On Tuesday, a dozen former employees of the Washington Football Team asked members of the NFL’s Social Justice Working Group, which includes several team owners, to push the league to release what it found in its investigation of the team’s culture under owner Dan Snyder.
“The NFL should not be allowed to encourage employees to come forward at great personal and professional risk to speak to investigators, only to sweep the results of that investigation under the rug,” the former employees wrote. That evening, NFL Commissioner Roger Goodell had an answer for them: He can’t release the report because the NFL promised sources anonymity.
“When you make a promise to protect the anonymity, to make sure that we get the right information, you need to stay with it,” Goodell said. “And so we’re very conscious of making sure that we’re protecting those who came forward. They were incredibly brave.”
As it happens, there is in fact a way to protect one’s sources in a piece of written material: You don’t name them, and you redact identifying details. Such a feat was recently pulled off by the Chicago Blackhawks, which hired an independent law firm to investigate allegations of sexual assault by a coach. You can read it online right now. It’s painful, it’s uncomfortable, and it draws on what the investigators learned from 139 witnesses. The firm that conducted the investigation “anonymized” the contributions from people who hadn’t spoken to journalists.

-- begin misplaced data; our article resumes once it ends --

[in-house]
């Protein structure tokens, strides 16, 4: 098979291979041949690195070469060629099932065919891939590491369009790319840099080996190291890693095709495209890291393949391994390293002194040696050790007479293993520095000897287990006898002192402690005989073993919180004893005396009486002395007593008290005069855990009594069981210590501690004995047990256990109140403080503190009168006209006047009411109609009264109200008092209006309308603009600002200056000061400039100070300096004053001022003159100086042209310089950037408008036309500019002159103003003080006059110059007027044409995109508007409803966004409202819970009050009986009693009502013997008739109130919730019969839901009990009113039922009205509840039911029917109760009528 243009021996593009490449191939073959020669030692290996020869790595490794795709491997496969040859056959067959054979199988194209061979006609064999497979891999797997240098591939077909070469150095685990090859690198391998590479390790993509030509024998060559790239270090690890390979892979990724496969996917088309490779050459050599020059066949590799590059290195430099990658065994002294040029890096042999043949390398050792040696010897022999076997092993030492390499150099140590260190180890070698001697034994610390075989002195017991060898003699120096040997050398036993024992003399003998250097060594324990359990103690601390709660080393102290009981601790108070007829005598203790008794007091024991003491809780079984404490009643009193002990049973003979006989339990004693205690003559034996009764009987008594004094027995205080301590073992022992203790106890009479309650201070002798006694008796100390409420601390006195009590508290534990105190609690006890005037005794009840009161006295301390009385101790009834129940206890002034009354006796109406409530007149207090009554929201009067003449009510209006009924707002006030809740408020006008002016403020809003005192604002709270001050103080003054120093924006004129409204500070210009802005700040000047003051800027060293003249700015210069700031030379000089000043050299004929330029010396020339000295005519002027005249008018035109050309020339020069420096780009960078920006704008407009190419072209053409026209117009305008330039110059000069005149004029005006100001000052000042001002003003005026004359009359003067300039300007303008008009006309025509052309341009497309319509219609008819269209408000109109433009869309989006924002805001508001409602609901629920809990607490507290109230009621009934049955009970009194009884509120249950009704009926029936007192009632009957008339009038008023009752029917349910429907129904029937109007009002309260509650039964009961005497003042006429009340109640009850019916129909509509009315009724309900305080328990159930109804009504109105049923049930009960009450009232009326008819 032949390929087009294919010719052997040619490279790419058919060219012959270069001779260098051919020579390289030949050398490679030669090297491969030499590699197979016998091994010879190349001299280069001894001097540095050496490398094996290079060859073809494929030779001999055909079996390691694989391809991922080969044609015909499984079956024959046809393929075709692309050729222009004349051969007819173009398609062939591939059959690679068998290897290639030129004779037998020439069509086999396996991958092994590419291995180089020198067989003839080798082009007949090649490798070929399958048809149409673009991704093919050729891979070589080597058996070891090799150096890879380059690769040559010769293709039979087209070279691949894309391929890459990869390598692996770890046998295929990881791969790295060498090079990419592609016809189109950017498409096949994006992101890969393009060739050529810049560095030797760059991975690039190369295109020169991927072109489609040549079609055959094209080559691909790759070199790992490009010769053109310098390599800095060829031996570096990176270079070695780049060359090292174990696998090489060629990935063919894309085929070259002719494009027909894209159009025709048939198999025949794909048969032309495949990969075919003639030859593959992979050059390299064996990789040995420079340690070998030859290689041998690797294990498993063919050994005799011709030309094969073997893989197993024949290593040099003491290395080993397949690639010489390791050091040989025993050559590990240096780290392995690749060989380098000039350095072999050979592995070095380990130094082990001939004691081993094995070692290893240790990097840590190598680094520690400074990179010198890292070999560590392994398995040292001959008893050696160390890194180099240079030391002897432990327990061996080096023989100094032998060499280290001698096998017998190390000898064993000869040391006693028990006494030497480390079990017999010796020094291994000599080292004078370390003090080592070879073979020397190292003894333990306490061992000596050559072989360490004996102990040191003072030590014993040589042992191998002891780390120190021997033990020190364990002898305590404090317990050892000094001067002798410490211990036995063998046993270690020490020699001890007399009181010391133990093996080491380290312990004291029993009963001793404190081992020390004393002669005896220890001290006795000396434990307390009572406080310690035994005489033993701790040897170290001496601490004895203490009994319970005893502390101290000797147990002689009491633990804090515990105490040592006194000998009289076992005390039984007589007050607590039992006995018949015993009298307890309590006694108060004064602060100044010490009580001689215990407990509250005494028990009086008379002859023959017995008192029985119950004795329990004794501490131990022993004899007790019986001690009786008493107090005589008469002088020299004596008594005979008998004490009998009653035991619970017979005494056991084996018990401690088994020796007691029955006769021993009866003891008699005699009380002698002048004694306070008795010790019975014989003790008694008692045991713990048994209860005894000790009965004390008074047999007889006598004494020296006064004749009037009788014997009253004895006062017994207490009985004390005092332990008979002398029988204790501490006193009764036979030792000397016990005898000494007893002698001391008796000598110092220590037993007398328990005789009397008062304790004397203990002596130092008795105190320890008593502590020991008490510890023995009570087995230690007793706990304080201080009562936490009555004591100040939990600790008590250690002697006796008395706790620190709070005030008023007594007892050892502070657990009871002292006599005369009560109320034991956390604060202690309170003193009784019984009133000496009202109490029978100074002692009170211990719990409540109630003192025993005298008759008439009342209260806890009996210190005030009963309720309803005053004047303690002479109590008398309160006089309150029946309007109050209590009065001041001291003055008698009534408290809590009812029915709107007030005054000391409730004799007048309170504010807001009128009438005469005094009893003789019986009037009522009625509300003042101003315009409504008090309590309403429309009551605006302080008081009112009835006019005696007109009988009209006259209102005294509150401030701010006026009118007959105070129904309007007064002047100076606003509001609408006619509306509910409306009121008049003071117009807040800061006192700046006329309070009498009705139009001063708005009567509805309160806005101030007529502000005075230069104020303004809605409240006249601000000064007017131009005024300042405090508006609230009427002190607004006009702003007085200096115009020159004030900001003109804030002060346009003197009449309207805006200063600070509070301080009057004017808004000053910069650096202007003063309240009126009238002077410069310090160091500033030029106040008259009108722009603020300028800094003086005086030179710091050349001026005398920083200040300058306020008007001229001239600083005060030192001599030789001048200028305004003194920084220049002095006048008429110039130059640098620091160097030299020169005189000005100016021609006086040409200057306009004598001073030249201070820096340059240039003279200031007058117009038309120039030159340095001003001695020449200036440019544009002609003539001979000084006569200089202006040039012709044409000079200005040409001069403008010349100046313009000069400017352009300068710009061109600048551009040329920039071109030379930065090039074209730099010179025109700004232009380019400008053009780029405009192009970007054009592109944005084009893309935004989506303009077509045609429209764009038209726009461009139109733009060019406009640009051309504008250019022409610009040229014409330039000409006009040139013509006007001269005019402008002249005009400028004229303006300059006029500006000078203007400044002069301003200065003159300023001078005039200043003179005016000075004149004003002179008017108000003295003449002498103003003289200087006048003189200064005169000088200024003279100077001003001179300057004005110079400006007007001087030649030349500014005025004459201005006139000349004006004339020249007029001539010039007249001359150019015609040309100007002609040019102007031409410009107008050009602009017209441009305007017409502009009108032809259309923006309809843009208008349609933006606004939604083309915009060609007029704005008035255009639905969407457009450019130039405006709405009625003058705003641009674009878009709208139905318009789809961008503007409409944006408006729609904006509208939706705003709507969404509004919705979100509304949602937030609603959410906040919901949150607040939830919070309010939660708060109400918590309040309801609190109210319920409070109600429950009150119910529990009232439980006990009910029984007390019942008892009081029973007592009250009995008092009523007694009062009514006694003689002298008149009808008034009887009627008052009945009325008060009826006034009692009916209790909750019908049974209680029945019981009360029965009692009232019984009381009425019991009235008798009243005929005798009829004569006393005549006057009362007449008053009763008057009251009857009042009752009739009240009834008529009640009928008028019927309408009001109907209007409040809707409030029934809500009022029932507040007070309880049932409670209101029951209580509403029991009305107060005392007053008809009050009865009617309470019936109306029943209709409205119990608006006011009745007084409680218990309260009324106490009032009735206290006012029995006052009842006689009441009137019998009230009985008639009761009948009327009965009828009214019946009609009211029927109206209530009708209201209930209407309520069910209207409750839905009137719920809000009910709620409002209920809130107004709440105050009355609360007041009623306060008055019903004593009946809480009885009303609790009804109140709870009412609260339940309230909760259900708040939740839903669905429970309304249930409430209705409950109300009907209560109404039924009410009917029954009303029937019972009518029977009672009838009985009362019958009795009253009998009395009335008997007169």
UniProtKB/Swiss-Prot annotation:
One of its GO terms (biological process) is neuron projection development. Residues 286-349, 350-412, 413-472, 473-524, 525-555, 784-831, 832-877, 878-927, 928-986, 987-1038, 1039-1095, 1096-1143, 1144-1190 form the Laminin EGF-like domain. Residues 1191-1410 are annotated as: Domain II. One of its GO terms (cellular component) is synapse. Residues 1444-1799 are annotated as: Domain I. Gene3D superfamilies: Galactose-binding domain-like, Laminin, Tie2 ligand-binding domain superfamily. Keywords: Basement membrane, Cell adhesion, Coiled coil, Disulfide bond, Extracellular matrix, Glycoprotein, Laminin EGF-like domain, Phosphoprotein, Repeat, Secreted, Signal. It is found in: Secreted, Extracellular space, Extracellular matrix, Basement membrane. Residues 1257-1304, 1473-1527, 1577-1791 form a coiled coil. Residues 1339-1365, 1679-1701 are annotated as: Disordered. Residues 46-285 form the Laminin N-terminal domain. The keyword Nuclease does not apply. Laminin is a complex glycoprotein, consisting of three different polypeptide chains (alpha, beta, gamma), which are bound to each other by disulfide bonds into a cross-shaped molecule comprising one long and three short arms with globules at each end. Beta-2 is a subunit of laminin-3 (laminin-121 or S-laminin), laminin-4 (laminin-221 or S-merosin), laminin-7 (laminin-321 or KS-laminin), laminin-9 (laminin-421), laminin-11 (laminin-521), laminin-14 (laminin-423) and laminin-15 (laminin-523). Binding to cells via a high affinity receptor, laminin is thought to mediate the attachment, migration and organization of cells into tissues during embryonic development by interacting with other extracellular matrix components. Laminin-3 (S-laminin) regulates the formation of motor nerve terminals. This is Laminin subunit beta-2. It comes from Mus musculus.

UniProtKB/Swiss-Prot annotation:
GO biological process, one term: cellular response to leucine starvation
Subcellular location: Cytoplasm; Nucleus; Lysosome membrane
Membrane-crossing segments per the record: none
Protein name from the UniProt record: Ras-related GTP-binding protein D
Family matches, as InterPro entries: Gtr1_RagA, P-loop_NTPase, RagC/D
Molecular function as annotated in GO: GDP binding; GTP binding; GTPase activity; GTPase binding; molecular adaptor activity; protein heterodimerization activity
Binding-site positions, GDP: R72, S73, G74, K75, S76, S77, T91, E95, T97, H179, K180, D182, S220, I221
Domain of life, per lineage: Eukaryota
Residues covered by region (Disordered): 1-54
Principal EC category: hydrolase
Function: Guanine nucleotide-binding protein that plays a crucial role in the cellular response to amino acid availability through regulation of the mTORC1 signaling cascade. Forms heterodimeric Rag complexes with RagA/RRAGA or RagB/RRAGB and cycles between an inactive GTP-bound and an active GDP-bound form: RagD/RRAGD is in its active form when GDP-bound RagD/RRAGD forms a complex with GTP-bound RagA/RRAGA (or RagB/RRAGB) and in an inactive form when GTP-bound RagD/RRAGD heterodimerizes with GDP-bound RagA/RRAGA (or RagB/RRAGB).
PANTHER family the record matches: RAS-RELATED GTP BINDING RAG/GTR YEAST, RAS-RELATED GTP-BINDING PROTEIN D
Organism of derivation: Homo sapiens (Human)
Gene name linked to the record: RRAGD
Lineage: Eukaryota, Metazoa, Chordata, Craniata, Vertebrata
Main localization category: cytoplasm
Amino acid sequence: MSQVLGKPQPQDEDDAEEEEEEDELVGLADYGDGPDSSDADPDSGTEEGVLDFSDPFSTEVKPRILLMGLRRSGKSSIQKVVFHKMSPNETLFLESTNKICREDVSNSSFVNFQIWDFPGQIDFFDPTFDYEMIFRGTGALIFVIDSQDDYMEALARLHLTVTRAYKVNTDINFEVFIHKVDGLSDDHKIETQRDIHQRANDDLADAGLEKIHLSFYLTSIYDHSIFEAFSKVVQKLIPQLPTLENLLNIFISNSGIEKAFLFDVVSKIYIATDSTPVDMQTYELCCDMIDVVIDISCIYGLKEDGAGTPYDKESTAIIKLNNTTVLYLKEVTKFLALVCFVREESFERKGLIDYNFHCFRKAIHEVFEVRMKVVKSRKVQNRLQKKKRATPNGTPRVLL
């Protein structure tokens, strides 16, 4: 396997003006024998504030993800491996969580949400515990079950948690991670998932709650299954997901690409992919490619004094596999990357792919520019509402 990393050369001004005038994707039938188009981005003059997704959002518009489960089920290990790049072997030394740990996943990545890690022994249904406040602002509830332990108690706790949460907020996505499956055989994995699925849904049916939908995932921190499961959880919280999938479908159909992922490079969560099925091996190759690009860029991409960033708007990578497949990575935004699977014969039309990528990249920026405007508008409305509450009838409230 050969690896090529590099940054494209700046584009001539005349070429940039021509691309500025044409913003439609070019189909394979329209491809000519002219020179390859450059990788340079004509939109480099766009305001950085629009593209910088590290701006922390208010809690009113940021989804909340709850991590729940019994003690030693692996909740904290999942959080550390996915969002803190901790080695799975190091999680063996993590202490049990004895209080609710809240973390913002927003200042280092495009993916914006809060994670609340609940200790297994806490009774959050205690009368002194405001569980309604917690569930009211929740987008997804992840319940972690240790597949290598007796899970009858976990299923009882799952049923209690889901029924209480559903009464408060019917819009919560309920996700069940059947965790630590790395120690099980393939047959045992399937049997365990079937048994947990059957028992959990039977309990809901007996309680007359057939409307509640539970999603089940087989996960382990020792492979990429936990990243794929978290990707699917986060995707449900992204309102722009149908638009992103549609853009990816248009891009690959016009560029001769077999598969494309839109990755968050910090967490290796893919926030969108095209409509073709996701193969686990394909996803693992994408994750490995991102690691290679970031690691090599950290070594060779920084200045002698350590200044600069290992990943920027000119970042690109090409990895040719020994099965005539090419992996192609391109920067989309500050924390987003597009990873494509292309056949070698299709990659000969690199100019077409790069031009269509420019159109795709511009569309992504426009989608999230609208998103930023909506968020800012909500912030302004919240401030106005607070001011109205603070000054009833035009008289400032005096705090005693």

Meanwhile, some self-identified sources for the WFT report have expressed exasperation about this dumb saga:
This is false @nflcommish. We were told our identities would be kept confidential in a written report. Meaning, if I spoke about something that happened to me, there would be no way Dan or others could trace the info back to me. Not that there would be no written report. C'mon. https://t.co/gVbqnw8PKl
— Rachel Engleson (@rachel_engleson) October 26, 2021
— EmilyApplegate (@emilyapplegatee) October 27, 2021
Lisa Banks, an attorney who represents some of the ex-employees, said none of them asked for the “protection” the NFL is offering.
My clients did not ask the NFL for “protection” when they participated in the investigation. They asked for transparency and accountability —and received neither. https://t.co/V3JIJjxXzR
— Lisa Banks (@LisaBanksKMB) October 27, 2021
Racist and misogynistic emails sent between Jon Gruden and former WFT GM Bruce Allen that passed through the NFL’s hands did get out recently—but unlike Snyder or the members of the league’s Social Justice Working Group, neither of those men owns an NFL team.